Alternate Perceptions Magazine, July 2015
Man From Mars
by: Dr. Greg Little
While perusing hundreds of UFO and contactee books at the A.R.E. library while gathering material for a new book, I came across a rather interesting contactee book. I had seen it in the A.R.E. library before, but never really took the time to go through it. The title is “Flying Saucer From Mars” and it was published in 1954. The author was Cedric Allingham, who was described as a writer, amateur astronomer, retired military, and traveler born in 1922. In 1954 Allingham claims that while walking along a beach in the UK a flying saucer landed, a door on the side of the saucer slid open, and a man jumped down. The man talked to Allingham but soon had to leave. The man said he was from Mars and had just visited Venus and the moon. But he had to go. Allingham pulled out his camera and snapped several photos of the saucer and one photo of the man as he walked away. The photo of the Martian is above. His photos of the saucer look a lot like the cover of the book. That’s about everything in the book regarding the visitation from Mars. There is a lot of discussion about the contactee George Adamski in it, but not much else.
The Martian looks a lot like an old friend of mine named Jim. Jim was slim, always wore blue jeans with a long sleeve shirt, and had a wallet on a chain in his back pocket. But I don’t think this was Jim. Still, I wonder. I haven’t seen Jim in some time.
The author of the 1954 book, Cedric Allingham, was reportedly hard to track down over the many years after the book was published. A lot of copies were sold in various countries, but Allingham remained elusive. Perhaps that was because he really didn’t exist. The actual author has probably been identified, but who knows? If you are interested in looking at this strange tale, here are a couple links:
Looking For A Needle in A Haystack of Needles
Years ago August “Augie” C. Roberts reviewed one of my early books on UFOs and paranormal topics and related that the topic was like a jig-saw puzzle so vast that no matter where you stood you couldn’t ever see the entire picture. You could essentially trap yourself by focusing on just one small area of the puzzle. He was commenting on a section where I wrote that the field of ufology was like looking for a needle in a haystack of needles. The needles will send researchers to a lot of dead ends. For example, if you think that all UFO reports are space ships from other planets or worlds, you’ve been trapped by beliefs. You will focus on reports that support your beliefs. If you think that all UFO reports are fakes, you are just as trapped. One big problem is that more and more needles are being tossed onto the haystack all the time. All of us know that hoaxes, mental aberrations, misrepresentations, misidentifications, weather phenomena, and unfamiliarity with aircraft create UFO reports. Still, everyone who has spent real effort in investigating the topic knows that something is there. As Carl Jung wrote, “something is seen, one doesn’t know what.” But just about no one in ufology grasps the psychological effect of the mass of bogus reports and the countless reports of misrepresentations tossed into the mix—like more and more needles endlessly tossed onto a pile of needles. You can get impressed by the millions of needles. In his book “Contactees,” Nick Redfern did an admirable job in summarizing most of the early UFO/Flying Saucer Contactees. I highly recommend that book. But we are still left with the task of sorting through the needles. The contactees certainly made a deep and lasting impression on ufology. But most of them (who knows how many?) were spinning a tale. Those tales sold and had a vast audience. They still do.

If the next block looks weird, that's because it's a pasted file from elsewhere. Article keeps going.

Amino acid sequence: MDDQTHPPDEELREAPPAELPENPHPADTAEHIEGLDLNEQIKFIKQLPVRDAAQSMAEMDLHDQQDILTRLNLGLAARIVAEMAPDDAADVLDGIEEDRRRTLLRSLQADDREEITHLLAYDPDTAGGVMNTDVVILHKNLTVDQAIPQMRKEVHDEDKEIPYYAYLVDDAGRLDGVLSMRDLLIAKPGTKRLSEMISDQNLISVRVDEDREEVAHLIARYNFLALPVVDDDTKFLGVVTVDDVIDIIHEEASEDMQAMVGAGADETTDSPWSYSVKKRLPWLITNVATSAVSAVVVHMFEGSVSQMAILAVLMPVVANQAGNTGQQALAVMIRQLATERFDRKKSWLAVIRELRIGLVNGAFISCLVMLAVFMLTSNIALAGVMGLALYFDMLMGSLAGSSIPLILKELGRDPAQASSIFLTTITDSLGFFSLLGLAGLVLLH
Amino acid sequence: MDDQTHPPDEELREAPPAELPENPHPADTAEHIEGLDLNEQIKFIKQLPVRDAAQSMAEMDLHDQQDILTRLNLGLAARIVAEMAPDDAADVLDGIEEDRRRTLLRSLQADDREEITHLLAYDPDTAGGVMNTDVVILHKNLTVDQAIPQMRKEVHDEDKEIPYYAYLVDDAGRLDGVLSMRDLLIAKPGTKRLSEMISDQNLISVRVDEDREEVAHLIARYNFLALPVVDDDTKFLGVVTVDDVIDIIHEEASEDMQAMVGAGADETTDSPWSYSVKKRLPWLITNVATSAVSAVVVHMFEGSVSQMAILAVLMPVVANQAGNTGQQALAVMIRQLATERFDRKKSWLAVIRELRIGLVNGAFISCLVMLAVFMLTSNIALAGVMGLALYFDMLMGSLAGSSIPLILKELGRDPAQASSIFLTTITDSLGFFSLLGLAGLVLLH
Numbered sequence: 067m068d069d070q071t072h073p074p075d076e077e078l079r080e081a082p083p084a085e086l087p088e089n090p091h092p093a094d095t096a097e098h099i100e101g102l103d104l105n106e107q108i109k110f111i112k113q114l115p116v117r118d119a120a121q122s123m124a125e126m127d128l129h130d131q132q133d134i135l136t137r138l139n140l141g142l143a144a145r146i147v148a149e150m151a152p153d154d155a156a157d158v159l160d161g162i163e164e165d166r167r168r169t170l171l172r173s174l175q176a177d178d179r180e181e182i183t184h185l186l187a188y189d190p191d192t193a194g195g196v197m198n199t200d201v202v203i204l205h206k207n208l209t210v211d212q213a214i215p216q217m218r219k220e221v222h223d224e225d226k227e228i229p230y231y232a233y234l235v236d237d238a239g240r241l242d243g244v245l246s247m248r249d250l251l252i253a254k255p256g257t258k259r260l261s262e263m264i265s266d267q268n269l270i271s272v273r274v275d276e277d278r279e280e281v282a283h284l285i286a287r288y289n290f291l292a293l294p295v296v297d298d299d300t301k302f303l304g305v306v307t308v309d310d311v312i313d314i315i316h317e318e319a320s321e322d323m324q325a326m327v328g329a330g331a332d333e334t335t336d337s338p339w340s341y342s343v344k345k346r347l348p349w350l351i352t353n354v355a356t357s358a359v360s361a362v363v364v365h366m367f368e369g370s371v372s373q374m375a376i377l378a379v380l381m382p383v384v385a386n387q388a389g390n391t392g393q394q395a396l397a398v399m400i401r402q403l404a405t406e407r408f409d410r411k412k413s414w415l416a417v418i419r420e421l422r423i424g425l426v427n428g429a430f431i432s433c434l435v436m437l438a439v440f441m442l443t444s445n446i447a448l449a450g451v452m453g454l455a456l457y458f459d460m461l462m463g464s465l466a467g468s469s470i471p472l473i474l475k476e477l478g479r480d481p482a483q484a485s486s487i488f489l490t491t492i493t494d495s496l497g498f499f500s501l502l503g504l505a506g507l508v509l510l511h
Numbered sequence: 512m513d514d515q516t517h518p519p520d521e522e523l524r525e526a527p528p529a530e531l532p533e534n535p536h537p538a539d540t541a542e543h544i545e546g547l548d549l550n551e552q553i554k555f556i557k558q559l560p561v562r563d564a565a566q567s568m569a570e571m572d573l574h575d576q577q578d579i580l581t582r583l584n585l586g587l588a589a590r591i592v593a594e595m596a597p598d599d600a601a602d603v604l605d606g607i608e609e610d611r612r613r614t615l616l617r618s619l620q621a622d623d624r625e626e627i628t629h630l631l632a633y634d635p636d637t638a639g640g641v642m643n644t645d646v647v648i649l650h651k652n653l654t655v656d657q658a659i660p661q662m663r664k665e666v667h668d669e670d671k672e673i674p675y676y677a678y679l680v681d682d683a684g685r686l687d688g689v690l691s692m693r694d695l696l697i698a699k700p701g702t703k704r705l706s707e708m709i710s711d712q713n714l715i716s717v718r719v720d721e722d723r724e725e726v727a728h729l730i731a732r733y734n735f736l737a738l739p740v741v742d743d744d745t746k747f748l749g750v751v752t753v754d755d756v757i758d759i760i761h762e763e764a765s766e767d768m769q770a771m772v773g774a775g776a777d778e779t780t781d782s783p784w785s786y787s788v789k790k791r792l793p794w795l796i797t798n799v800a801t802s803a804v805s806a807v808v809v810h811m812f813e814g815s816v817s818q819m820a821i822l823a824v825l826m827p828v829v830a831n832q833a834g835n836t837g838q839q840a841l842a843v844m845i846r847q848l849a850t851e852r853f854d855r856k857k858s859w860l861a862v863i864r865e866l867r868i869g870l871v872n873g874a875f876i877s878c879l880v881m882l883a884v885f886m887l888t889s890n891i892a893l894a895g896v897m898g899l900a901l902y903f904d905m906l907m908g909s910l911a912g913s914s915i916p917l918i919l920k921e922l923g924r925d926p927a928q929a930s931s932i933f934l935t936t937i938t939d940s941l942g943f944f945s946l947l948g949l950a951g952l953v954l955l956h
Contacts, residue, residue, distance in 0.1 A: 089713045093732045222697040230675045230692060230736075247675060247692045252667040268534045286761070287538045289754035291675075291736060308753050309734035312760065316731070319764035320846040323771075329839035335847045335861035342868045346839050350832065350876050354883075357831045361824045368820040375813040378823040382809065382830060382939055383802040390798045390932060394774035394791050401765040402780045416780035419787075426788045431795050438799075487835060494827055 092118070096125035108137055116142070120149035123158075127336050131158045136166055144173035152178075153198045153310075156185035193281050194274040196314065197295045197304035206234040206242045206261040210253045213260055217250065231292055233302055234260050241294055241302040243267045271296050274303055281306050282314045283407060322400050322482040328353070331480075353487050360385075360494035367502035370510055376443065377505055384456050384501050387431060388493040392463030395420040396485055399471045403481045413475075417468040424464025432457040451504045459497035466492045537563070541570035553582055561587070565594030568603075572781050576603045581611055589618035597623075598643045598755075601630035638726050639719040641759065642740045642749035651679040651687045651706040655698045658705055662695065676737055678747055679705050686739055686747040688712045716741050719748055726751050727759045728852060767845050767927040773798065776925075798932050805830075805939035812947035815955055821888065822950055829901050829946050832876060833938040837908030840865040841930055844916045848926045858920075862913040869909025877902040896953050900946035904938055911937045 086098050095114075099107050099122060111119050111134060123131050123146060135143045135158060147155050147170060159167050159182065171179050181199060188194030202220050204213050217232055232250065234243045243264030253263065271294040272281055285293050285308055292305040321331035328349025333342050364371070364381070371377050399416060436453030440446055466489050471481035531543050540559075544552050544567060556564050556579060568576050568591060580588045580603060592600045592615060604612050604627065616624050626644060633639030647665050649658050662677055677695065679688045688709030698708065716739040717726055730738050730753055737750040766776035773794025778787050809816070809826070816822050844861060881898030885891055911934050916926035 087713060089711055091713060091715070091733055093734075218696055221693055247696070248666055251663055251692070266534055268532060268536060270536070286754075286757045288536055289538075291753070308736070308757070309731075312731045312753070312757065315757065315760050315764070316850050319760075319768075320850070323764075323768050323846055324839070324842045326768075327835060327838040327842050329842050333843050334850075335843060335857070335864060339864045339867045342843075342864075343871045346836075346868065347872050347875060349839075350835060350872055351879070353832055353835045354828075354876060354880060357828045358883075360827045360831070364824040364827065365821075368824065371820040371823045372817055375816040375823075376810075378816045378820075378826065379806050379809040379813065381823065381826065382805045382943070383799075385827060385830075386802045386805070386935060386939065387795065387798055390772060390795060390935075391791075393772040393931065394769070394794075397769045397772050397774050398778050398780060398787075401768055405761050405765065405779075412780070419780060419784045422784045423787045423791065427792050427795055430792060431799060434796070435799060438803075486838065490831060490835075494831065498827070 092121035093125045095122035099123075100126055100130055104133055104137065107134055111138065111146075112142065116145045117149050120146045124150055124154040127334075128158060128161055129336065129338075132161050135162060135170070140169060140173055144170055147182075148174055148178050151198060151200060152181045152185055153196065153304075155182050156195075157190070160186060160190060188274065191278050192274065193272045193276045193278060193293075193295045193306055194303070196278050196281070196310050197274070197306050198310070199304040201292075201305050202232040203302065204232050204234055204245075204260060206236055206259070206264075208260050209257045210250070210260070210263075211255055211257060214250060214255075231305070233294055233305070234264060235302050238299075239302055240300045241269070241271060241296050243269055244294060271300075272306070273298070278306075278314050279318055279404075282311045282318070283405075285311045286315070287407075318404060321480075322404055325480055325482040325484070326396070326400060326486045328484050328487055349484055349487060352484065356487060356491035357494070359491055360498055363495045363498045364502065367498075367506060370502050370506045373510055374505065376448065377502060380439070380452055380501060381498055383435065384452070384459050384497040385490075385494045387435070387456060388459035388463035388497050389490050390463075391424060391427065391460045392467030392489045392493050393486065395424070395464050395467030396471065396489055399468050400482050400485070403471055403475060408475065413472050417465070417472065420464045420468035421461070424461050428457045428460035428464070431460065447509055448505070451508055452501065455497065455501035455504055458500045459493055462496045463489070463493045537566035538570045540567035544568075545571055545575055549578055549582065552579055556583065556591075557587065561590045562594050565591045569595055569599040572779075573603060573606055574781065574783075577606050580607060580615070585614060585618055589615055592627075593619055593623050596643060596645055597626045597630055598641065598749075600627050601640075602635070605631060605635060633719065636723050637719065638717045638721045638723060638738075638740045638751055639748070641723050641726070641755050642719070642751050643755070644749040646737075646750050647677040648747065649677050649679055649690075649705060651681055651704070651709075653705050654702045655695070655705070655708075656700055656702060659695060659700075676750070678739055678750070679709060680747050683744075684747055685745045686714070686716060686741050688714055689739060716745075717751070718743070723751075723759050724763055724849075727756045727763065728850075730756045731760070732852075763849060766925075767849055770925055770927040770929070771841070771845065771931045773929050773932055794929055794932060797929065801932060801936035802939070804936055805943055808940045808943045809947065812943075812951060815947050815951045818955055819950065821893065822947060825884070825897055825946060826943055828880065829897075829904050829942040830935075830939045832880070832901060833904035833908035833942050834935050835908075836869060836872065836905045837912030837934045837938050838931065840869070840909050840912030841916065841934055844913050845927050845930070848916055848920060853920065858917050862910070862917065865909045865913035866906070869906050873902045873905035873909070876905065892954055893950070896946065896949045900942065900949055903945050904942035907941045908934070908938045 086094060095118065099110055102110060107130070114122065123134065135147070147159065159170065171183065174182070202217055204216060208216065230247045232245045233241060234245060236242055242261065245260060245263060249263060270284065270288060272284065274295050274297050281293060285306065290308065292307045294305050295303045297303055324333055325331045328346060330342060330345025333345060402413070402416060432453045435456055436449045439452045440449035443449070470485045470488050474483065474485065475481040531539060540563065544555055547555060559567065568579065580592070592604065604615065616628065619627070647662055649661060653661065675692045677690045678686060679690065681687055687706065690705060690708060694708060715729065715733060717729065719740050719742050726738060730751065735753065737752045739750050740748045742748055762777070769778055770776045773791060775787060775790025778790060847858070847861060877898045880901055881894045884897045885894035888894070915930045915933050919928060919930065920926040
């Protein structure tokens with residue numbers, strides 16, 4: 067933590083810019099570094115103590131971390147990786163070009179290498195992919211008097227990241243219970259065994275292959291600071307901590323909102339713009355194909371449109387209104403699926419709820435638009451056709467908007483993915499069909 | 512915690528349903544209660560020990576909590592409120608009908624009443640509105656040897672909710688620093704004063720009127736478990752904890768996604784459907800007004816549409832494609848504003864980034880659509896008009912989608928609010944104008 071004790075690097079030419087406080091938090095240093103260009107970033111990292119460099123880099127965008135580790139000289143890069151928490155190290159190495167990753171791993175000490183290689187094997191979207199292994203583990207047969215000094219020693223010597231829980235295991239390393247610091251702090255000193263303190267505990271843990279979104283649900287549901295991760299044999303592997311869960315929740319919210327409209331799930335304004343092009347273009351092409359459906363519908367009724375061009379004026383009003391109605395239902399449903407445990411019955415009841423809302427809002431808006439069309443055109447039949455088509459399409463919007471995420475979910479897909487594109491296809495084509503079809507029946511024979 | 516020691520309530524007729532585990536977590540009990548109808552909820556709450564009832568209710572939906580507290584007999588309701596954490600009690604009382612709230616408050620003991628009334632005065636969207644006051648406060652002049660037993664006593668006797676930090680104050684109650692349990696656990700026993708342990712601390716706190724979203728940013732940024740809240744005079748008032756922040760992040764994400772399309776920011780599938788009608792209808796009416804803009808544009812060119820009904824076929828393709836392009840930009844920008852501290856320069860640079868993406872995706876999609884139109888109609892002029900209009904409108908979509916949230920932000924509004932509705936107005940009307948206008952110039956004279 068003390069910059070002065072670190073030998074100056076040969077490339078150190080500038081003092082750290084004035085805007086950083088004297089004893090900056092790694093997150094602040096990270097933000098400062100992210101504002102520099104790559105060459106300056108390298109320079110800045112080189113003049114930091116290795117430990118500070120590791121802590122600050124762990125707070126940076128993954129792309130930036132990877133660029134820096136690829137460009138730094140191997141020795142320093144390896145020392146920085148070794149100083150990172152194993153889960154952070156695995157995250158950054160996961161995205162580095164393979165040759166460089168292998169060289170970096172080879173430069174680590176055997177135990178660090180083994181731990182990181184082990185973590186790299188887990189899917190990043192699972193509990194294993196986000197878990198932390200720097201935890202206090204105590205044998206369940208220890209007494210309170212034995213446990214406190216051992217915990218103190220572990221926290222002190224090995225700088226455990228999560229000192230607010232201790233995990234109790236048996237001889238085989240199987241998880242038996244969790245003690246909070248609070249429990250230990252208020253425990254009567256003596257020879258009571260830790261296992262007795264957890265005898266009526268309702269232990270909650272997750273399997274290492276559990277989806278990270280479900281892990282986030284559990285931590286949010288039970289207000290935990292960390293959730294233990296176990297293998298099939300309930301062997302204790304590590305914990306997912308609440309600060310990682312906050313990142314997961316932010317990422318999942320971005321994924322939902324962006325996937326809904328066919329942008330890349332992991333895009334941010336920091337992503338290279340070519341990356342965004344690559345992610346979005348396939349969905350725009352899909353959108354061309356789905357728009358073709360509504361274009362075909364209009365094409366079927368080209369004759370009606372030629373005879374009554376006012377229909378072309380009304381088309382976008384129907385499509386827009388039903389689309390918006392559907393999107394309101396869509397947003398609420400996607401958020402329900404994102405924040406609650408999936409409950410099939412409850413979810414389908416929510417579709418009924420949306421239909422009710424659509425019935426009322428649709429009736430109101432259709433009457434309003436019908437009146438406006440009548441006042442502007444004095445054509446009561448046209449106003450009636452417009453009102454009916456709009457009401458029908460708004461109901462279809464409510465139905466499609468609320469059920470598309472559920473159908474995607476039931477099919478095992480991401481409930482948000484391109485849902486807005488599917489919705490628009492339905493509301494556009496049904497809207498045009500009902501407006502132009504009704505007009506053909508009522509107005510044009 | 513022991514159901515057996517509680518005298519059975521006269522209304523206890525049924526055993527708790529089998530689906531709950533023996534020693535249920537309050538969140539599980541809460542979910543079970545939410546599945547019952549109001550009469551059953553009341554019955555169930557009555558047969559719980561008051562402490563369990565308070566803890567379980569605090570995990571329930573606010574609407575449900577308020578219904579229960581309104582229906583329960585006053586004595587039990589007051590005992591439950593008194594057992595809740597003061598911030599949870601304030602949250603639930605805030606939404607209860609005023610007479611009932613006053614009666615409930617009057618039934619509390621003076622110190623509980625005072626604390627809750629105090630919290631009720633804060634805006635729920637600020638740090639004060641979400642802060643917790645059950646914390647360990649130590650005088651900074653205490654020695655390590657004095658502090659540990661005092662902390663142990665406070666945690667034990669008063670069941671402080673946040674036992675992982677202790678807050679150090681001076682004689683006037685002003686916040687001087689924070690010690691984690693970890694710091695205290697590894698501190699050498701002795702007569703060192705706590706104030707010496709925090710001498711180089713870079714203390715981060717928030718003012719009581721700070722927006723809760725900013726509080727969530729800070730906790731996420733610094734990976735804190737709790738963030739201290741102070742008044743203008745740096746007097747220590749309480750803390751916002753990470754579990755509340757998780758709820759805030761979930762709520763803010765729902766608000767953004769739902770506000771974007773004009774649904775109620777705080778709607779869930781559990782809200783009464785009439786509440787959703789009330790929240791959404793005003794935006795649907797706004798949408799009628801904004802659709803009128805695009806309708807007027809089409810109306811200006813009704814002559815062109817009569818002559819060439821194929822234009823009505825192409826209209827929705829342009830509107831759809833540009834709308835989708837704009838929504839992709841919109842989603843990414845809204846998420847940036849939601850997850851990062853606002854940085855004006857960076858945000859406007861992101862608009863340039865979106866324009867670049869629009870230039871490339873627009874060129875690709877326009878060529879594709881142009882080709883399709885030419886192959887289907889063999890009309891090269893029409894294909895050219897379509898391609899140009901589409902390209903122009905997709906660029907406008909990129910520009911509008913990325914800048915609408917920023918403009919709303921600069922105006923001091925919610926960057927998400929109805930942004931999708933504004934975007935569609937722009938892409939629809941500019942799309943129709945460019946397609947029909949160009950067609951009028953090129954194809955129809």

If you are out there Jim, give me a call. If you are in that saucer, drop by for a visit.